Lawrence Fung, PhD '98, MD '09
Dr. Fung is a child & adolescent psychiatrist with specialized clinical training in autism spectrum disorder (ASD) and advanced research training in chemical engineering, neuropsychopharmacology, and neuroimaging. He has extensive work experience in pharmaceutical research and development, including the discovery and development of a GABA(A) receptor agonist for the treatment of insomnia and anxiety. In addition to pharmacologic treatment studies in ASD and other developmental disorders, he is performing multimodal neuroimaging studies in these disorders. Dr. Fung employs state-of-the-art multimodal neuroimaging tools to study GABA neurophysiology in individuals with ASD, fragile X syndrome (FXS) and intellectual disability. He is the Principal Investigator of NIH-funded "GABAergic Neurophysiology in Autism Spectrum Disorder". His overarching goal is to dissect the neurobiology of ASD using a combination of bioanalytical, immunochemical, and multimodal imaging techniques to identify biomarkers based on specific molecular mechanisms that will inform targeted treatments for ASD.
Dr. Joseph Garner
The overarching theme of Joe's research is understanding why most drugs (and other basic science findings) fail to translate into human outcomes, the role that animal models and methodology play in in these failures, and developing new approaches to improve the translation and benefits of animal research while minimizing welfare impacts. Joe is an Associate Professor in the Department of Comparative Medicine, a Courtesy Associate Professor in the Department of Psychiatry and Behavioral Sciences, and a member of the Child Health Research Institute at Stanford University. Joe runs Stanford's Technique Refinement and Innovation Lab, which provides 3Rs support services for researchers on campus. Joe is an internationally recognized expert in the behavior and welfare of laboratory mice, including awards from the National Center for the 3Rs (UK), the American Association for Laboratory Animal Science, the Swiss Laboratory Animal Science Association, and the Universities Federation for Animal Welfare. Joe also works extensively in human health, both as a researcher and an advocate. Joe's current human health research is focused on animal and human studies in autism, and animal work in trichotillomania, and skin-picking. The question driving all of this work is 'Why does one sibling become ill and another does not?', and the goal is to identify biomarkers leading to screening, prevention and personalized treatment options. Joe's advocacy work includes serving on scientific advisory boards for the Trichotillomania Learning Center, the Tourette Association of America, and the Beautiful You MRKH Foundation.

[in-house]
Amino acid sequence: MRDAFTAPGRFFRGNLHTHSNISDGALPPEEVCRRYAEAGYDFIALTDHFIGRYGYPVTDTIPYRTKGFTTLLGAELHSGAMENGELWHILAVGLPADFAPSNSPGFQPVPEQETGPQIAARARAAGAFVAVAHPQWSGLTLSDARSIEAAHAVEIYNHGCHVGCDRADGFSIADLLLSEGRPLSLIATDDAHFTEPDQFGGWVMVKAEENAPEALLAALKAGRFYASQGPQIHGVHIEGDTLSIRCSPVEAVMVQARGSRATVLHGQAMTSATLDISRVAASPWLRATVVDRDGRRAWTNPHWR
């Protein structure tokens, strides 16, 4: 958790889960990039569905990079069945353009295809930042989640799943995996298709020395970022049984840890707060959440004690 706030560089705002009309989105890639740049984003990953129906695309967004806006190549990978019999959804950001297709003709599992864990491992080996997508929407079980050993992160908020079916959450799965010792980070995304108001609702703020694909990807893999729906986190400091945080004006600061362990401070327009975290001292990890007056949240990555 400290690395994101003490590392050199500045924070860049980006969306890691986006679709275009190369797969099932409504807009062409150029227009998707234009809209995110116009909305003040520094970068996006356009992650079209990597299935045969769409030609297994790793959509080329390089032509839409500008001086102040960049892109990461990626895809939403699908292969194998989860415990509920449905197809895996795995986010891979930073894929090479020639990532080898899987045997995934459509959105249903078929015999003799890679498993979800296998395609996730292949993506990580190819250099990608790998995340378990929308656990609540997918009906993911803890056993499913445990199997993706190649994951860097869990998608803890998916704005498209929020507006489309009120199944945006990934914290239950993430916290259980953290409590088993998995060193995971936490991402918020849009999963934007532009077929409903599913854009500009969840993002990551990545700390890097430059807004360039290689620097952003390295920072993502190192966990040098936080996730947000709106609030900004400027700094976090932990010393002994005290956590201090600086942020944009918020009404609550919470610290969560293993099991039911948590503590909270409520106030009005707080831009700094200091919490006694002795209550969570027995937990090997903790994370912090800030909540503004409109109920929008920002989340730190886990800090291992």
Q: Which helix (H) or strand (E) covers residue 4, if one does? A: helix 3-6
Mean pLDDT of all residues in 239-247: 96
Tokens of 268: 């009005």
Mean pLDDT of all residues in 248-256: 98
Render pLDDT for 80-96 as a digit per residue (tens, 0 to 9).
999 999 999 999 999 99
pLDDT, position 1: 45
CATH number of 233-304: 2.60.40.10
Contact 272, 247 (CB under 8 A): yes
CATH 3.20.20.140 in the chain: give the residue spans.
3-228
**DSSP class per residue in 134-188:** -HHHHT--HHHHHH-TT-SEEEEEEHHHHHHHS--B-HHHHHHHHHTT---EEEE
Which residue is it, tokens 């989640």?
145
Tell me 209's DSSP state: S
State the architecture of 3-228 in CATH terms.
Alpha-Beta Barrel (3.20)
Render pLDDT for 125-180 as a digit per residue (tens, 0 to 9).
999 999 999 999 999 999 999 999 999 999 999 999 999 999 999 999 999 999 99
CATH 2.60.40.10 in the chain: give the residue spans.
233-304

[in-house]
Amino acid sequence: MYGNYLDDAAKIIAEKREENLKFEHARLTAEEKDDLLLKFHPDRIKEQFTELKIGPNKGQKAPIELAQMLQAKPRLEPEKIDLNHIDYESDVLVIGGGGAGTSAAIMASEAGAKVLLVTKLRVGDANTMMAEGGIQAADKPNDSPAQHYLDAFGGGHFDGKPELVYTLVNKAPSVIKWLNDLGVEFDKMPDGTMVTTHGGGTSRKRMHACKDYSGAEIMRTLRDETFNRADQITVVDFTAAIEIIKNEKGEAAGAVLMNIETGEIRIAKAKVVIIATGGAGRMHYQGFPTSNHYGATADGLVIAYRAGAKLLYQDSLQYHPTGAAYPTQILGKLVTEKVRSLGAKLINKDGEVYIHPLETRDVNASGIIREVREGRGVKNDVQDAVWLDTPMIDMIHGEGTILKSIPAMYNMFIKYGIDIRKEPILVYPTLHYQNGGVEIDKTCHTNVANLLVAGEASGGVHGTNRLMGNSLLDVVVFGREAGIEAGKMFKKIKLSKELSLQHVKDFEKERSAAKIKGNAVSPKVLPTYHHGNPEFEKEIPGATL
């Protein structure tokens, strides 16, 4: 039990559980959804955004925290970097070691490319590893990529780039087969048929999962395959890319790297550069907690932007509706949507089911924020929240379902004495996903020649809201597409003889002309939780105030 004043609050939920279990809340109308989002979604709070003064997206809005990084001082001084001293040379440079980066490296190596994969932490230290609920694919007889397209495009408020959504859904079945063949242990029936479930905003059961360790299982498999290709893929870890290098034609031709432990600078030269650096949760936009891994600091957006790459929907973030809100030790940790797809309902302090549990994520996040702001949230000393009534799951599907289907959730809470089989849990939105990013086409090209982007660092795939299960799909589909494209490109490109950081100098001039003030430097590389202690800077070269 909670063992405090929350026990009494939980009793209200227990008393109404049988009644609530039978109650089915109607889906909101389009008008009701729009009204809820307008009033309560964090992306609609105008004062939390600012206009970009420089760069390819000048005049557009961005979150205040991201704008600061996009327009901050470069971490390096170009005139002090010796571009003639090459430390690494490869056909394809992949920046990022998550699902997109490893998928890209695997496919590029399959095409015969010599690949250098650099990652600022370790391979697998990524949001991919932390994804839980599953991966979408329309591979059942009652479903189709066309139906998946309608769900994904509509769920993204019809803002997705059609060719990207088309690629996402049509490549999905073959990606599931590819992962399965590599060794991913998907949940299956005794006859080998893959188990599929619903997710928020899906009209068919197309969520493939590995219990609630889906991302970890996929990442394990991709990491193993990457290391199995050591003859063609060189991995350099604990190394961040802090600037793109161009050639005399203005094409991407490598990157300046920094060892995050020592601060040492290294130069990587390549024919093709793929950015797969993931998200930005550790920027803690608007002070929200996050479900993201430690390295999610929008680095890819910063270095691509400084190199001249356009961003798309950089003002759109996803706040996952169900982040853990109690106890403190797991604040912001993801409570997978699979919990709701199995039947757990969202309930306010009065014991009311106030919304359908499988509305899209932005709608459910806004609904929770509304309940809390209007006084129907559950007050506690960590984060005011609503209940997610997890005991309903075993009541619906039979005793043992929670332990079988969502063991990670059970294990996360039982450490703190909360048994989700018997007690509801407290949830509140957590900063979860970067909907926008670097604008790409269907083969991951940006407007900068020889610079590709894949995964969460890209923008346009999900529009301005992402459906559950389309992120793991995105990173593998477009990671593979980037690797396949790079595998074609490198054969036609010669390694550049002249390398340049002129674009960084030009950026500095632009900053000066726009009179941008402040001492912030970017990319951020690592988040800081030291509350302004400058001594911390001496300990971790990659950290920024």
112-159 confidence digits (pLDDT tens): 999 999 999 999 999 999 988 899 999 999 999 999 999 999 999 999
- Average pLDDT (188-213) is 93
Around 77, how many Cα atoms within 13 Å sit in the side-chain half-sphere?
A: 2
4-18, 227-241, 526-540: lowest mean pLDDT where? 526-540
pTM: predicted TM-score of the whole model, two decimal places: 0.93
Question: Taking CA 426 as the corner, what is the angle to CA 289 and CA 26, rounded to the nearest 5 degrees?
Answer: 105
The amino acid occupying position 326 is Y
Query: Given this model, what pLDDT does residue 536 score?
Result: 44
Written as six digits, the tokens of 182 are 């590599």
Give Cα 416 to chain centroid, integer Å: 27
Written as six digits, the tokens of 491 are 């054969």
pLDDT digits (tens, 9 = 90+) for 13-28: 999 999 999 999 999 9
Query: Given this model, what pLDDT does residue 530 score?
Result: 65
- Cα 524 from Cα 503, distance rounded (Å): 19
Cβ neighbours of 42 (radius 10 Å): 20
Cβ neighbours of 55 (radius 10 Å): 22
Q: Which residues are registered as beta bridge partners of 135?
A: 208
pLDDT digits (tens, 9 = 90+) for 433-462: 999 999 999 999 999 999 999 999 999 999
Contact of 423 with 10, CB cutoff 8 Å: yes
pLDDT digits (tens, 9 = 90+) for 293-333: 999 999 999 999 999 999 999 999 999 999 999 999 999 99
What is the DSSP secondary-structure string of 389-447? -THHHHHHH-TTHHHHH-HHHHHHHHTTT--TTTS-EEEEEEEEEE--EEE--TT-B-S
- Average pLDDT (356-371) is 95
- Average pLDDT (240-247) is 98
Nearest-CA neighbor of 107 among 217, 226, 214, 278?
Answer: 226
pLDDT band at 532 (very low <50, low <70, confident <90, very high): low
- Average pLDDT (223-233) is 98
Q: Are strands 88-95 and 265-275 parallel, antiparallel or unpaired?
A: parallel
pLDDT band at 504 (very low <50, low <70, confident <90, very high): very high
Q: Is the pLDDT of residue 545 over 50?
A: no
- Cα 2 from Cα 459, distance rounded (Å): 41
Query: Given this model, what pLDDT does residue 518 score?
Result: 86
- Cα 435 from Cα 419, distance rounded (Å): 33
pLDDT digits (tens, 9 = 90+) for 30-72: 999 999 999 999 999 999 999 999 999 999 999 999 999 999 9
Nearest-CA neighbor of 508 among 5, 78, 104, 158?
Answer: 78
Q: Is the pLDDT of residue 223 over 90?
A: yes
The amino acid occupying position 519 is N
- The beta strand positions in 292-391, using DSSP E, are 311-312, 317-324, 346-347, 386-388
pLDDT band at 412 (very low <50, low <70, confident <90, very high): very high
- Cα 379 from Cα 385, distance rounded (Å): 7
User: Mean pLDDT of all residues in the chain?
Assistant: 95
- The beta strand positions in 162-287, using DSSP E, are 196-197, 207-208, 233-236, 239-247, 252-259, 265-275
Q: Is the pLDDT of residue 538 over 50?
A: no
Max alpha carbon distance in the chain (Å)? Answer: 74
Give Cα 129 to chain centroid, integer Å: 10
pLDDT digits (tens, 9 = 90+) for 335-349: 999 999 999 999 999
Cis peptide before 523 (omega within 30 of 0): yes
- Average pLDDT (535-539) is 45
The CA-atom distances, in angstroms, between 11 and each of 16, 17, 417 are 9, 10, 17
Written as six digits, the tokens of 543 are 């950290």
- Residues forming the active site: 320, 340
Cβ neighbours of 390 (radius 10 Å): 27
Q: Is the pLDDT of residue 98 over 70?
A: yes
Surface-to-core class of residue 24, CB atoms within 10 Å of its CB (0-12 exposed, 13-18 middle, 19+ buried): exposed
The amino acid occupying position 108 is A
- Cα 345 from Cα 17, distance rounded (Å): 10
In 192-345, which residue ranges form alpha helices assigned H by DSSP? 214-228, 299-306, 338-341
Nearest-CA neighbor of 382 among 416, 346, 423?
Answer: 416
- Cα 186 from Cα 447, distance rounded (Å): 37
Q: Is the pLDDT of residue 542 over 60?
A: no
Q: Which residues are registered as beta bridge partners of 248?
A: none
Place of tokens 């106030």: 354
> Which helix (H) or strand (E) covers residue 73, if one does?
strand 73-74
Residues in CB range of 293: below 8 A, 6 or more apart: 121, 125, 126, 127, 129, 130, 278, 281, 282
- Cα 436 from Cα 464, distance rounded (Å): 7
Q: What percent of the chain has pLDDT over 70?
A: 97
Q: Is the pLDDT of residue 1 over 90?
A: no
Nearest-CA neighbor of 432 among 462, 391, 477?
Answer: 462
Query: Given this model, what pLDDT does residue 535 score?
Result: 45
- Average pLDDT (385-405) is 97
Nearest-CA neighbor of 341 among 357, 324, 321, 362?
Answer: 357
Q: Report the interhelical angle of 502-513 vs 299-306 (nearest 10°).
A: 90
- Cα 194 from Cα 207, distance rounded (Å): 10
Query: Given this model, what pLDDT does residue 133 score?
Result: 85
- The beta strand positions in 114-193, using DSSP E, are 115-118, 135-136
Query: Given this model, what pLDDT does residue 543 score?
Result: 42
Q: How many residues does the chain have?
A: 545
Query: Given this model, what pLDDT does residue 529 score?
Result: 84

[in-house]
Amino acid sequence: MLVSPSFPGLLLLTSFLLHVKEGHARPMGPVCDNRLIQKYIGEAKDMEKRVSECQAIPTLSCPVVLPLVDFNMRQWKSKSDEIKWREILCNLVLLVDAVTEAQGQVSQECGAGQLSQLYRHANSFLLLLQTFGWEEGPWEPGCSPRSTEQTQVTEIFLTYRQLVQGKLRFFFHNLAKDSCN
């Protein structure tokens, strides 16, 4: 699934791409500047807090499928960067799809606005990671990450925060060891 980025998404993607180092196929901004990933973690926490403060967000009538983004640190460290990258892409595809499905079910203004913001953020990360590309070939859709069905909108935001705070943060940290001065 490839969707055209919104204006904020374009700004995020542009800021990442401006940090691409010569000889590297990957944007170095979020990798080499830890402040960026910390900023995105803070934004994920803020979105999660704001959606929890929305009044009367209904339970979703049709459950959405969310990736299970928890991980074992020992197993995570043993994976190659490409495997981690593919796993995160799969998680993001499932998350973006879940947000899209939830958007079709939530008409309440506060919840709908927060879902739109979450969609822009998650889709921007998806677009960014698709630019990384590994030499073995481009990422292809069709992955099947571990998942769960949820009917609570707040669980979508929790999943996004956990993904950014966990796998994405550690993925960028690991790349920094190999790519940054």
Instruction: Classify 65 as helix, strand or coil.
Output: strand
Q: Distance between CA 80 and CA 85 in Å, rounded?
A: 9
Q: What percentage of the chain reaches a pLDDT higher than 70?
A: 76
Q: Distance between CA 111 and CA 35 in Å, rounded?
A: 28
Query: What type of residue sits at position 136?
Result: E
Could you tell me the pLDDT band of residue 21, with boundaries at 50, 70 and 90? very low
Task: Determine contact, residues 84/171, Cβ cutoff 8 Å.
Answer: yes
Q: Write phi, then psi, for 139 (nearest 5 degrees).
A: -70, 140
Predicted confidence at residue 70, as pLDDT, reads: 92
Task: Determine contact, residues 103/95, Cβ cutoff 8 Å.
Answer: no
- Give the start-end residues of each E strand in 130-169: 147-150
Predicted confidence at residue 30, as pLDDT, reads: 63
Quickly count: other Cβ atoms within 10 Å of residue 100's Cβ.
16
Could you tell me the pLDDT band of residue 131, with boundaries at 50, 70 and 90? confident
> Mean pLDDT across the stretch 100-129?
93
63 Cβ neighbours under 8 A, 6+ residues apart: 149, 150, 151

Joe's work is available via a number of different websites:
- Stanford website: med.stanford.edu/profiles/Joseph_Garner
- Papers: scholar.google.com/citations?user=JThS8LMAAAAJ
- Mouse ethogram: www.mousebehavior.org
- TRI-Lab: http://med.stanford.edu/compmed/research/services.html
Dr. Natalia Gomez-Ospina
Dr. Gomez-Ospina was born and raised in Medellin, Colombia. She began her undergraduate studies in petroleum engineering at the Universidad Nacional de Colombia before moving to Colorado. She double majored at the University of Colorado Boulder, completing her bachelor's degree in Molecular Cellular and Developmental Biology as well as Biochemistry. She graduated summa cum laude and wrote an honors thesis entitled "Role of the quiescent center in the regeneration of the root cap in Zea Mays." She then completed her combined MD, PhD at Stanford Medical School, where her PhD work focused on understanding the novel functions of voltage-gated calcium channels. Her PhD thesis, "The calcium channel CACNA1C gene: multiple proteins, diverse functions," was published in Cell. After completion of her dual degrees, she did her preliminary year in internal medicine at Santa Barbara Cottage hospital before starting residency in Dermatology at Johns Hopkins Hospital. She completed residency in Medical Genetics at Stanford Hospital and clinics. She is currently doing her post-doctoral research with Dr. Matthew Porteus in Pediatric Stem Cell transplantation, where she is developing a genome editing strategy in stem cells as a curative therapy for metabolic diseases. In addition to her research, Dr. Gomez-Ospina is a clinical instructor in Medical Genetics. For her clinical practice she sees patients with suspected genetic disorders, and is also in charge of the enzyme replacement service for lysosomal storage disorders at Lucile Packard Children's hospital. She has been the lead author in research studies in The New England Journal of Medicine, Cell, Nature Communications, and American Journal of Medical Genetics.